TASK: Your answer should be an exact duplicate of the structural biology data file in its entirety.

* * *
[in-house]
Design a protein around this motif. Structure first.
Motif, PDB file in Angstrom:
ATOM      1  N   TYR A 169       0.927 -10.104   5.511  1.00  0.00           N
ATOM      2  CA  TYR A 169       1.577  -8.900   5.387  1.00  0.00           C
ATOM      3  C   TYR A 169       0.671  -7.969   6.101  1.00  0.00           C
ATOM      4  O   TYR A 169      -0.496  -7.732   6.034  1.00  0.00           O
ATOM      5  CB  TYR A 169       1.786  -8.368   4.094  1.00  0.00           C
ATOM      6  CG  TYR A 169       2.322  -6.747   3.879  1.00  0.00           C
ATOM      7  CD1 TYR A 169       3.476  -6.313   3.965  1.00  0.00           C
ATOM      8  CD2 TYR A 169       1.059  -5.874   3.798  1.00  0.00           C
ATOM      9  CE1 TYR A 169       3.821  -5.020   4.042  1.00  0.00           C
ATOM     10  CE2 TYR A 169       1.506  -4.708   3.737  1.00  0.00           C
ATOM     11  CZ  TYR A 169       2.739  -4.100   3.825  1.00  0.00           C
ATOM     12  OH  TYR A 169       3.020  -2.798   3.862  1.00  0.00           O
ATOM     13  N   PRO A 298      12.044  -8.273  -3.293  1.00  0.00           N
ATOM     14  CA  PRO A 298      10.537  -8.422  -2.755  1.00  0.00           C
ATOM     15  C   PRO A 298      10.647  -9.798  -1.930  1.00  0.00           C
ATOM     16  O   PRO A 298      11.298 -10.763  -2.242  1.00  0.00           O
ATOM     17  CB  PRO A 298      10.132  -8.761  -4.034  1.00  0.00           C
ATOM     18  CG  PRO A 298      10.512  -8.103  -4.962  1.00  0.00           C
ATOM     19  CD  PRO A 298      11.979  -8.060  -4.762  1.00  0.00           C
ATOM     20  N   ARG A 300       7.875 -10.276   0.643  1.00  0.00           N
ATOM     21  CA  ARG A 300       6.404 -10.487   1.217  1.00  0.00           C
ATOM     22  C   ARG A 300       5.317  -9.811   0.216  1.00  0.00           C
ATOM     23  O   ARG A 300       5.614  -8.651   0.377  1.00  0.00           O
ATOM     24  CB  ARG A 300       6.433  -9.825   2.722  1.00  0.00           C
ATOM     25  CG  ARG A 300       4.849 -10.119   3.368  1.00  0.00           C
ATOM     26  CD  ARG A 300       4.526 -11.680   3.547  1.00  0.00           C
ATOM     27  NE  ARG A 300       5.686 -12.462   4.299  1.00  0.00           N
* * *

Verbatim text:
[in-house]
Design a protein around this motif. Structure first.
Motif, PDB file in Angstrom:
ATOM      1  N   TYR A 169       0.927 -10.104   5.511  1.00  0.00           N
ATOM      2  CA  TYR A 169       1.577  -8.900   5.387  1.00  0.00           C
ATOM      3  C   TYR A 169       0.671  -7.969   6.101  1.00  0.00           C
ATOM      4  O   TYR A 169      -0.496  -7.732   6.034  1.00  0.00           O
ATOM      5  CB  TYR A 169       1.786  -8.368   4.094  1.00  0.00           C
ATOM      6  CG  TYR A 169       2.322  -6.747   3.879  1.00  0.00           C
ATOM      7  CD1 TYR A 169       3.476  -6.313   3.965  1.00  0.00           C
ATOM      8  CD2 TYR A 169       1.059  -5.874   3.798  1.00  0.00           C
ATOM      9  CE1 TYR A 169       3.821  -5.020   4.042  1.00  0.00           C
ATOM     10  CE2 TYR A 169       1.506  -4.708   3.737  1.00  0.00           C
ATOM     11  CZ  TYR A 169       2.739  -4.100   3.825  1.00  0.00           C
ATOM     12  OH  TYR A 169       3.020  -2.798   3.862  1.00  0.00           O
ATOM     13  N   PRO A 298      12.044  -8.273  -3.293  1.00  0.00           N
ATOM     14  CA  PRO A 298      10.537  -8.422  -2.755  1.00  0.00           C
ATOM     15  C   PRO A 298      10.647  -9.798  -1.930  1.00  0.00           C
ATOM     16  O   PRO A 298      11.298 -10.763  -2.242  1.00  0.00           O
ATOM     17  CB  PRO A 298      10.132  -8.761  -4.034  1.00  0.00           C
ATOM     18  CG  PRO A 298      10.512  -8.103  -4.962  1.00  0.00           C
ATOM     19  CD  PRO A 298      11.979  -8.060  -4.762  1.00  0.00           C
ATOM     20  N   ARG A 300       7.875 -10.276   0.643  1.00  0.00           N
ATOM     21  CA  ARG A 300       6.404 -10.487   1.217  1.00  0.00           C
ATOM     22  C   ARG A 300       5.317  -9.811   0.216  1.00  0.00           C
ATOM     23  O   ARG A 300       5.614  -8.651   0.377  1.00  0.00           O
ATOM     24  CB  ARG A 300       6.433  -9.825   2.722  1.00  0.00           C
ATOM     25  CG  ARG A 300       4.849 -10.119   3.368  1.00  0.00           C
ATOM     26  CD  ARG A 300       4.526 -11.680   3.547  1.00  0.00           C
ATOM     27  NE  ARG A 300       5.686 -12.462   4.299  1.00  0.00           N